You may have read about how Americans, on average, are coming up short when it comes to building their retirement nest eggs. According to data from the Economic Policy Institute, the median retirement savings for all working-age households is $95,776. Data from the Federal Reserve is even bleaker, suggesting the average balance is closer to $65,000. Worse still, many households haven’t saved anything at all for retirement.
The bottom line is that without a concerted effort, many Americans will reach retirement age without much to live on except Social Security. But the problem doesn’t stop there. If all of these Americans have underfunded retirement accounts that can’t sustain their lifestyles, how will they survive? Ultimately, the cost may have to be borne by working-age taxpayers. Read on to learn why.
How Big Is the Problem?
According to new research from the Pew Charitable Trusts, the growing retirement savings shortfall could reach as much as $1.3 trillion over the next 20 years. And while that will cause problems for those who aren’t saving enough, the effects will spread to federal and state governments, and ultimately to working taxpayers.
Those who don’t save enough to fund their retirements could end up relying on public assistance. This could create a wave of additional problems, from lowered personal consumption and standards of living to reduced tax revenues and employment rates. This burden would have to be shared by both governments and working individuals.
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How Much Might It Cost the Average Taxpayer?
Based on the Pew data, federal governments could shoulder an additional cost of $964 million by 2040, while states would have to spend an additional $334 billion. This combined $1.3 trillion in added costs would result in an additional taxpayer liability of $13,600 per household, according to Pew.
Note that this wouldn’t likely be covered in the form of direct “retirement funding taxes” on American households. But as the government is funded by the people, the costs will have to ultimately be paid by taxpayers in one form or another.
What Are Governments Doing To Prepare?
Fortunately, there seems to be a way out of this retirement funding shortfall, and at least 11 states are already on board with the program. According to Pew, if households could save an additional $1,685 extra per year for 30 years — or just about $140 per month — the entire retirement savings gap could be eliminated. As a consequence, the extra financial burden on governments and taxpayers alike would vanish, and the quality of life for retirees would improve.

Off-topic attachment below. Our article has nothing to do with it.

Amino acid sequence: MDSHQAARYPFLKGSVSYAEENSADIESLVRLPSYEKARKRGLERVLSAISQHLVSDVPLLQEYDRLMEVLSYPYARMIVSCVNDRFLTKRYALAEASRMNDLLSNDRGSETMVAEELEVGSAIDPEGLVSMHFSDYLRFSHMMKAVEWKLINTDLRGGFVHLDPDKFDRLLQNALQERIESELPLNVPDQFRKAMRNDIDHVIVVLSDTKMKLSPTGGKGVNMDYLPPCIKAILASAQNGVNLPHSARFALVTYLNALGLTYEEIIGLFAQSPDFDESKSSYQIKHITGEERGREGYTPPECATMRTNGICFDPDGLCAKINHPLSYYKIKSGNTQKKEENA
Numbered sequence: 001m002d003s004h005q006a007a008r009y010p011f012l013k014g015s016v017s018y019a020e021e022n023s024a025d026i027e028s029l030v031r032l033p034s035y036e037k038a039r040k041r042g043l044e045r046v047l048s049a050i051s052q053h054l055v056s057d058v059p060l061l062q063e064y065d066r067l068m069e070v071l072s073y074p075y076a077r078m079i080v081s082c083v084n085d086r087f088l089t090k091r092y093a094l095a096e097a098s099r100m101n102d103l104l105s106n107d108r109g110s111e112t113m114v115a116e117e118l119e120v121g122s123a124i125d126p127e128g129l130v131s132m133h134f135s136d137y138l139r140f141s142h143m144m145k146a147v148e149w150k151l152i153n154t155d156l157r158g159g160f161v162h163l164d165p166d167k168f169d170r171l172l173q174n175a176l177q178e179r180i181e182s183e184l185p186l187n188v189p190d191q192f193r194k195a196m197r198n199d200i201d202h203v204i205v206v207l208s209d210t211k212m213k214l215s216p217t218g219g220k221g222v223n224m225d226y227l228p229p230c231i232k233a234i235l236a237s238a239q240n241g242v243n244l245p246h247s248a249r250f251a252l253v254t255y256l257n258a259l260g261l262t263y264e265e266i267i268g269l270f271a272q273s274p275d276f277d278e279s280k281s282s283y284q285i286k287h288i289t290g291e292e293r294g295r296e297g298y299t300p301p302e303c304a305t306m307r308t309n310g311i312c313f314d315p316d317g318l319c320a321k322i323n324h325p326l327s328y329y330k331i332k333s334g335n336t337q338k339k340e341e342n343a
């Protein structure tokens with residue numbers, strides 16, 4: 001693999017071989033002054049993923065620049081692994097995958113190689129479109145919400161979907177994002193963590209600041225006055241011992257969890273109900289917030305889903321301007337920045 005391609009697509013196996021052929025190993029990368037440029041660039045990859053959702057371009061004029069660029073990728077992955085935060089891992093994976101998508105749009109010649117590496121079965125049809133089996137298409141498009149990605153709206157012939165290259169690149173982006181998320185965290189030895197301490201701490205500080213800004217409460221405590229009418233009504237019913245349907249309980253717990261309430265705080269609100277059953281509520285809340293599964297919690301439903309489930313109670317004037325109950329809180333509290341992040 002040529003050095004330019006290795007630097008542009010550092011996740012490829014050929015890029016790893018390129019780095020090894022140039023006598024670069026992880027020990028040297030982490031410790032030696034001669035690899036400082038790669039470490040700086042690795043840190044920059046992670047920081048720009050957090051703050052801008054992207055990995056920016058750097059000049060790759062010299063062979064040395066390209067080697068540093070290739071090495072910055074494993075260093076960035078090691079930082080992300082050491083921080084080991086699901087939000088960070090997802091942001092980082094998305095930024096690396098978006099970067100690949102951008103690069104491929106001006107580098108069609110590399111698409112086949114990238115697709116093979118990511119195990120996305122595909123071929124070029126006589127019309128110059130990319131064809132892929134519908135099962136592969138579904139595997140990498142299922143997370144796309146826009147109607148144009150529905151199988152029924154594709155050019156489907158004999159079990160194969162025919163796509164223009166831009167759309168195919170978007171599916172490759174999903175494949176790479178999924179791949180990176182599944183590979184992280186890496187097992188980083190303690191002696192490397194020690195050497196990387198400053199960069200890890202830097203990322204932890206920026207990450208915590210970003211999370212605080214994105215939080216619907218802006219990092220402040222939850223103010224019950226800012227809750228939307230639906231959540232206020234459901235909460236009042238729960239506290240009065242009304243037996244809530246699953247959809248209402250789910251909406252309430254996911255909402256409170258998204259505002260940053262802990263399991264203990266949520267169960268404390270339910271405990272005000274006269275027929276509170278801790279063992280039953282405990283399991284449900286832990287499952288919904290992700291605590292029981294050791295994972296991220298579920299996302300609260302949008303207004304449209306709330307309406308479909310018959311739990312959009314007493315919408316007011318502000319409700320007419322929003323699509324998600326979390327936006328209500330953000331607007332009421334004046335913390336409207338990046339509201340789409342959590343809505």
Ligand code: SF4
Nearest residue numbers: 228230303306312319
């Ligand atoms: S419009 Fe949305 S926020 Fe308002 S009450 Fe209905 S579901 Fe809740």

As it can be hard to get Americans to save voluntarily, however, the suggestion from Pew and others is to implement automated savings programs for workers. Under this scenario, every worker would get an individual retirement account, and a portion of their earnings would be automatically contributed to the account. Although workers could opt out, studies have shown that those who are automatically enrolled in retirement plans are more likely to become savers, and their quality of life would improve in retirement.
What Can You Do To Prepare?
The first step in preparing for the retirement funding shortfall is to shore up your own finances first. Rather than waiting for automated retirement accounts to become the norm, make your own contributions to your 401(k) plan or IRA. If you can successfully fund your own retirement, then you won’t have to worry about either burdening the government or enduring a low quality of life during your golden years.
Remember that time is the key to long-term investment success, and the earlier you can start, the less it will cost you. Contributing just $450 per month to a tax-deferred retirement account for 30 years at a 10% rate of return will result in a nest egg of over $1 million. If you start even earlier, say at age 25, you’ll only need to sock away about $160 per month to reach that lofty $1 million sum.
Beyond saving for yourself, you should mentally prepare for changes that may be coming in terms of the retirement savings landscape. Auto-enrollment into retirement accounts may become the norm, but if it is not adopted, you may be paying higher taxes in some form down the road to help subsidize those in need. To avoid this scenario, you may want to take an active role in supporting governmental choices that boost retirement savings for all Americans.
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This article originally appeared on GOBankingRates.com: Retirement Shortfall: How Much Will It Cost You as a Taxpayer?